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New Brighton mini-golf plans stay on course
PLANS to create a miniature golf course at New Brighton, featuring replicas of some of the world’s most famous holes, have cleared a key hurdle.
Championship Miniature Golf Ltd has been given the green light to enter into a lease agreement with Wirral Council after successfully going through the local authority procurement process.
The company must now apply for planning permission for the proposed development which plans the creation of miniature caricatures of renowned championship golf holes from top courses such as St Andrews, Augusta and The Belfry.
The scheme would involve the scrapping of six tennis courts and the existing crazy golf complex at King’s Parade Recreation Ground. But the two bowling greens and nine-hole pitch and putt course will not be affected by the proposals.
Councillor Pat Hackett, Wirral Council cabinet member for regeneration and planning strategy said: “This is great news and a definite step in the right direction for New Brighton.
“According to the business plan for the resort this scheme, allied to the state-of-the-art children’s centre across the road, is expected to bring in at least 300,000 people to help towards the goal of reviving New Brighton fully.
“It will also bring back into use an area of land that is lying derelict and serving no purpose.”
Councillor Hackett said the aim was to have the golf course opened by next spring.
CMG has designed and built two similar courses to date. One is privately owned at a holiday park and the other is owned and operated by CMG at a golf driving range in Manchester.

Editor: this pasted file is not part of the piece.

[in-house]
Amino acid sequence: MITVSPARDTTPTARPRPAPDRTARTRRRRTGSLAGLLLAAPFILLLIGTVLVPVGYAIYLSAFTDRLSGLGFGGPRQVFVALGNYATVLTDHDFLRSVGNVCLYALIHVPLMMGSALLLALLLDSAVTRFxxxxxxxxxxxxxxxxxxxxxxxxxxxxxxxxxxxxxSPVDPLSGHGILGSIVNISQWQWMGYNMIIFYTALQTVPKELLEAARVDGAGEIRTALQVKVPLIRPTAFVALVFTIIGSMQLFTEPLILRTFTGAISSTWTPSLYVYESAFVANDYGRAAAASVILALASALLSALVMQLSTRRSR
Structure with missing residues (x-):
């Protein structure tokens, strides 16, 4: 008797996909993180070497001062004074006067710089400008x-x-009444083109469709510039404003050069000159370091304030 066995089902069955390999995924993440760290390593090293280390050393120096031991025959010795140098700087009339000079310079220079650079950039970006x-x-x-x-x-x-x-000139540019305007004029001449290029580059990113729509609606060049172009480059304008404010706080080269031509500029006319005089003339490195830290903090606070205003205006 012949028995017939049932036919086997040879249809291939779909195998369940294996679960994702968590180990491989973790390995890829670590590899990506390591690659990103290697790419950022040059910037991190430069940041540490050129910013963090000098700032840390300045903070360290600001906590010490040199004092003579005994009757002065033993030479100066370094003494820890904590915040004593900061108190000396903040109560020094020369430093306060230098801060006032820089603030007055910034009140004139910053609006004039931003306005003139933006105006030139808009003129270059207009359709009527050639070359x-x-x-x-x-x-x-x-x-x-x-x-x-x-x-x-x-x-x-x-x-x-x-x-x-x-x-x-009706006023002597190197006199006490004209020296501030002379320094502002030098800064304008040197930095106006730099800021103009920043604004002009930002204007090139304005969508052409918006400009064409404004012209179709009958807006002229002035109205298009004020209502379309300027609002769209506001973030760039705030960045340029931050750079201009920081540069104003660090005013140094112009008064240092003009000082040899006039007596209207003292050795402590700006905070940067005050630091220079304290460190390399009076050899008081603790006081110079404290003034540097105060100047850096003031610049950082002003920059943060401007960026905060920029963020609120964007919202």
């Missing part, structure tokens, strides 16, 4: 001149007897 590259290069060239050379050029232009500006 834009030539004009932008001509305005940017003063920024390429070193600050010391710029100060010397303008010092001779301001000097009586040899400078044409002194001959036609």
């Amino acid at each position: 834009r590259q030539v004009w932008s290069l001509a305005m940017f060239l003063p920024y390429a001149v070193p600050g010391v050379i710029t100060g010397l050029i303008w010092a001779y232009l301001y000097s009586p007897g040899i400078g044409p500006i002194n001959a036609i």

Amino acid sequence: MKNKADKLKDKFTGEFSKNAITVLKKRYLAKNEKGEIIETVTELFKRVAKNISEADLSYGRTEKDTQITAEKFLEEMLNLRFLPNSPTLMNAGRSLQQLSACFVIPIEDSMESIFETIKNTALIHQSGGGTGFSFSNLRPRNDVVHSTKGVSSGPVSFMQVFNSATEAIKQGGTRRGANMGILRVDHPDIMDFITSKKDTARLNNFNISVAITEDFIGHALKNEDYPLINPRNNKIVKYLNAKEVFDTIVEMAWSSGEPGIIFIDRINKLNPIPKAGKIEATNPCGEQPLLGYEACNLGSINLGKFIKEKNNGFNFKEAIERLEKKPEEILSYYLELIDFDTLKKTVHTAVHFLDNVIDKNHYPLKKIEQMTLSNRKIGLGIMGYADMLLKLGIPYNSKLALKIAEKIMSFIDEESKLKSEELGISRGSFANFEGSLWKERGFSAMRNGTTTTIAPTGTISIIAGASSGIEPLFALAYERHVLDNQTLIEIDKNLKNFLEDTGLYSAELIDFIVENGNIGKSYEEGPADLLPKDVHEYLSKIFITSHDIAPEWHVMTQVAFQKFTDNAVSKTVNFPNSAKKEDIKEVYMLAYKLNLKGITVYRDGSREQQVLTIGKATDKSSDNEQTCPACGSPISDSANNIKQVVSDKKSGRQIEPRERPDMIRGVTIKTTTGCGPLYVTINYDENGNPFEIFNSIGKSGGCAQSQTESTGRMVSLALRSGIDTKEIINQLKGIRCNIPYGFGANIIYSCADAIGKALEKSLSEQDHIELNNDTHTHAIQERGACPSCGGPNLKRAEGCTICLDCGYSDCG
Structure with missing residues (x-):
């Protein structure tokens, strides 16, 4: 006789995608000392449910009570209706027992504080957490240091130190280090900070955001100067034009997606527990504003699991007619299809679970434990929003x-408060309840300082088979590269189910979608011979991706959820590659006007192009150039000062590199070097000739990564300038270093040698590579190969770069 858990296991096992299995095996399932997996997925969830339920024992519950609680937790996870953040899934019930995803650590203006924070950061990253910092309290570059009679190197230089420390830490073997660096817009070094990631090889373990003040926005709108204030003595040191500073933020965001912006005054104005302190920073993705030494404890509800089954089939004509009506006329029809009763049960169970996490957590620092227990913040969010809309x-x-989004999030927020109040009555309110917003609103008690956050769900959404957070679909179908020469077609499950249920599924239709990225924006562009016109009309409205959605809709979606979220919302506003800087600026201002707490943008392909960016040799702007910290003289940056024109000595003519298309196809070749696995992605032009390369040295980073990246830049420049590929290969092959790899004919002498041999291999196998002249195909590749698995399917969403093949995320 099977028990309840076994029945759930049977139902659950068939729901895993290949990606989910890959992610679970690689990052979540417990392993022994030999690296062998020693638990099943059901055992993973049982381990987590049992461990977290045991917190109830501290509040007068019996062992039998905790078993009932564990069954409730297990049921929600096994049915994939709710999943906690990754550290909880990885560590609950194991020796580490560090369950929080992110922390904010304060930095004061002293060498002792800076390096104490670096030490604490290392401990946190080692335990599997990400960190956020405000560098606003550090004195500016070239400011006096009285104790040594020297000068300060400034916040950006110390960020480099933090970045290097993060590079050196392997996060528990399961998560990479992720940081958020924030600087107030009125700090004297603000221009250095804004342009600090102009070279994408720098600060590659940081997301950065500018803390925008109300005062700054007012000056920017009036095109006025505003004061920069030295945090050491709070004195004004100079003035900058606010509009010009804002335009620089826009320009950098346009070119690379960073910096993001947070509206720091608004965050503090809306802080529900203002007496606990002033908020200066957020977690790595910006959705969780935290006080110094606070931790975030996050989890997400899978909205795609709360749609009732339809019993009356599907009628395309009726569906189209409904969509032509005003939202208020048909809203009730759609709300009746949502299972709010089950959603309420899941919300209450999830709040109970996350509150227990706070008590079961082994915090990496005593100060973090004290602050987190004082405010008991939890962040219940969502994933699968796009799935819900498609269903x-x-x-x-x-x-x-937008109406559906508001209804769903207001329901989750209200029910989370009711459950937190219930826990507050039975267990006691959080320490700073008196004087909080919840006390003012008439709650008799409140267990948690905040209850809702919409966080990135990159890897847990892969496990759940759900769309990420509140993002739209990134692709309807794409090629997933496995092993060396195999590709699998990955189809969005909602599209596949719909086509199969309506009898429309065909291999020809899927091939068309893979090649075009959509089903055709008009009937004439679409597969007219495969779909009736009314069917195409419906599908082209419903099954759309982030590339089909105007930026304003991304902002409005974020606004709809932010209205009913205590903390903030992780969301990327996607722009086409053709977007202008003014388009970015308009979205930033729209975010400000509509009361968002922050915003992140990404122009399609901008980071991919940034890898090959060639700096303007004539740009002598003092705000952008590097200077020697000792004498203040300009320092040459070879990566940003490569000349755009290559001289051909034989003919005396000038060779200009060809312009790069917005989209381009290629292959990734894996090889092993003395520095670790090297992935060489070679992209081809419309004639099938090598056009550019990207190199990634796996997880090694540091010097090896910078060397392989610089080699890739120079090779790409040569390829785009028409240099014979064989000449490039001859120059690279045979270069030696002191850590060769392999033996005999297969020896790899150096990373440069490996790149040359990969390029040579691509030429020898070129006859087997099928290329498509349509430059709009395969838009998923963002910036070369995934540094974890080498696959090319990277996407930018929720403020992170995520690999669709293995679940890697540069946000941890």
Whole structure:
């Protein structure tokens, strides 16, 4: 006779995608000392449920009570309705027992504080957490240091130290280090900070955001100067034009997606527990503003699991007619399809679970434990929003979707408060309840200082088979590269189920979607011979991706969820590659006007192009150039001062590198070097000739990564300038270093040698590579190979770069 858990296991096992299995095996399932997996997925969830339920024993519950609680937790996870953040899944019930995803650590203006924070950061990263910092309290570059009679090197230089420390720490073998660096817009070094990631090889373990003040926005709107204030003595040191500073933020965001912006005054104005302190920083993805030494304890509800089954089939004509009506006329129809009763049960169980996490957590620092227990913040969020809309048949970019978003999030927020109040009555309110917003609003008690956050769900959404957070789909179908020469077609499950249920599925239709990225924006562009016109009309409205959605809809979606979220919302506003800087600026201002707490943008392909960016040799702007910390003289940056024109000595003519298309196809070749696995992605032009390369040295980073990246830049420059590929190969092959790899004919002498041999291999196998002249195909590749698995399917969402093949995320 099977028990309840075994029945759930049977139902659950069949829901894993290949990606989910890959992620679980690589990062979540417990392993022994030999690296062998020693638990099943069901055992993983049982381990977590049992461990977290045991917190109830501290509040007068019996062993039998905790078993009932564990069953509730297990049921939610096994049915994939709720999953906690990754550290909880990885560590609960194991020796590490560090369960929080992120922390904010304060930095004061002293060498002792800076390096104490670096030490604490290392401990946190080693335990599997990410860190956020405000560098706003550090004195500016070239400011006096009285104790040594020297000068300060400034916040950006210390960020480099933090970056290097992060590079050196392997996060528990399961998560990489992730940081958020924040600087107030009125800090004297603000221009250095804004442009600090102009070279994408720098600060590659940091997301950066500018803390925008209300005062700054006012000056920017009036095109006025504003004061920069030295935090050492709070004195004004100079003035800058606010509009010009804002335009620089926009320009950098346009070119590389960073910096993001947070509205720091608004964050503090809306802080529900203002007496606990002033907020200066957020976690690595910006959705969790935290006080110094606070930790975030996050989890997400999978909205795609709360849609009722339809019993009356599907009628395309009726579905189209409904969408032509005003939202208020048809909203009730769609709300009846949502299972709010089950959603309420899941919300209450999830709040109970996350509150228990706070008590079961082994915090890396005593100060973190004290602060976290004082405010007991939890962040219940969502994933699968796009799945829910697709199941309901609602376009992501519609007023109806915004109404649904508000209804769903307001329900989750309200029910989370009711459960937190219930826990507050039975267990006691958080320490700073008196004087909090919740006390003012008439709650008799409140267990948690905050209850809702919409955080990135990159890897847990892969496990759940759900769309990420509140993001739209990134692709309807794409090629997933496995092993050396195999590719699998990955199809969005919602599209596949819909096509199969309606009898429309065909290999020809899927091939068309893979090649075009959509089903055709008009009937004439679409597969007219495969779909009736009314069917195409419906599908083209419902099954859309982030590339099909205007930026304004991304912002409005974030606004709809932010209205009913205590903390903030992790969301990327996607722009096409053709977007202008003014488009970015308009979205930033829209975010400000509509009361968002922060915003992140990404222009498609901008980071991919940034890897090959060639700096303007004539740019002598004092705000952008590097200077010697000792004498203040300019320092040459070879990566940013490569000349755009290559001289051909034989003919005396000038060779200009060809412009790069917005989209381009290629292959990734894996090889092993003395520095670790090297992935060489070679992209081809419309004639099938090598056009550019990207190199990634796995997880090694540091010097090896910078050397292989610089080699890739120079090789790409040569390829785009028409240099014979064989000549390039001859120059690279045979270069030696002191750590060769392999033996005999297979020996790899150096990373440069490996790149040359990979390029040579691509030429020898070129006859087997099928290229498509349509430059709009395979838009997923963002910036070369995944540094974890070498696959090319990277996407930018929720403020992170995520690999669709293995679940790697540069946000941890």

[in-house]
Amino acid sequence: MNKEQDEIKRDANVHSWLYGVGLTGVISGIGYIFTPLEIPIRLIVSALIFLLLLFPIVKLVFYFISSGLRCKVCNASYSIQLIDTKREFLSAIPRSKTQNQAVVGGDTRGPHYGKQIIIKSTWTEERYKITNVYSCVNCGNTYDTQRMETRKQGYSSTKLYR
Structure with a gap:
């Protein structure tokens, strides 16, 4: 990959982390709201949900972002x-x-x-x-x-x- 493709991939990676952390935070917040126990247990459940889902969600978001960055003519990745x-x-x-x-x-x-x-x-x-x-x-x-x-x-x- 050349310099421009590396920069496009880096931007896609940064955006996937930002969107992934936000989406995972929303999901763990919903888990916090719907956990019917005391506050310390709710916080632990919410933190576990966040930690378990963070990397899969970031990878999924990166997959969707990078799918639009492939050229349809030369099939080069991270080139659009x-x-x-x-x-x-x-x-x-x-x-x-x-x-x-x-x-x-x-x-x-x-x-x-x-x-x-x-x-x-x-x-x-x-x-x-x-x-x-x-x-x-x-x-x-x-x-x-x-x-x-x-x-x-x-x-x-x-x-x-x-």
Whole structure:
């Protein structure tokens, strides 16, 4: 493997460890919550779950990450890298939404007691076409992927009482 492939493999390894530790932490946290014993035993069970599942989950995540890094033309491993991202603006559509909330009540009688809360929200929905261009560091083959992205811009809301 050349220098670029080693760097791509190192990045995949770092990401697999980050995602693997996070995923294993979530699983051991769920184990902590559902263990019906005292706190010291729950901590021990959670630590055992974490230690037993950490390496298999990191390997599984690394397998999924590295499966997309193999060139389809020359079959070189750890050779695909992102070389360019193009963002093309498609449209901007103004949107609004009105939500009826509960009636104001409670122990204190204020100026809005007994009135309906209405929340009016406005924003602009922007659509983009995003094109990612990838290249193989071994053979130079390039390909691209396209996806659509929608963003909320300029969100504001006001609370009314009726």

The course will be open all year and cater for all age groups and abilities with pricing ranging between £3 and £6.50.
It falls in with the council’s strategy of providing enhanced recreation and leisure facilities in New Brighton.
The CMG venture was chosen ahead of a scheme to retain and upgrade the tennis courts and the creation of a seasonal ice rink for use during five months of the year.
The existing tennis courts have surface discolouration and line markings have faded; net post-winging mechanisms are corroded and inoperable and the posts are old and rusted with some leaning from the vertical. There is low demand for the courts and the gross annual income generated is around £800.
The crazy golf facility - built in the early 1970s, has deteriorated in condition and appearance over the years.
Wallasey councillor Leah Fraser said; “Until a few years ago I knew nothing about bowling, but after visiting clubs across Wallasey I came away astounded at how popular and well supported the sport is.
“It will be a huge relief to many that the two bowling greens will be staying.”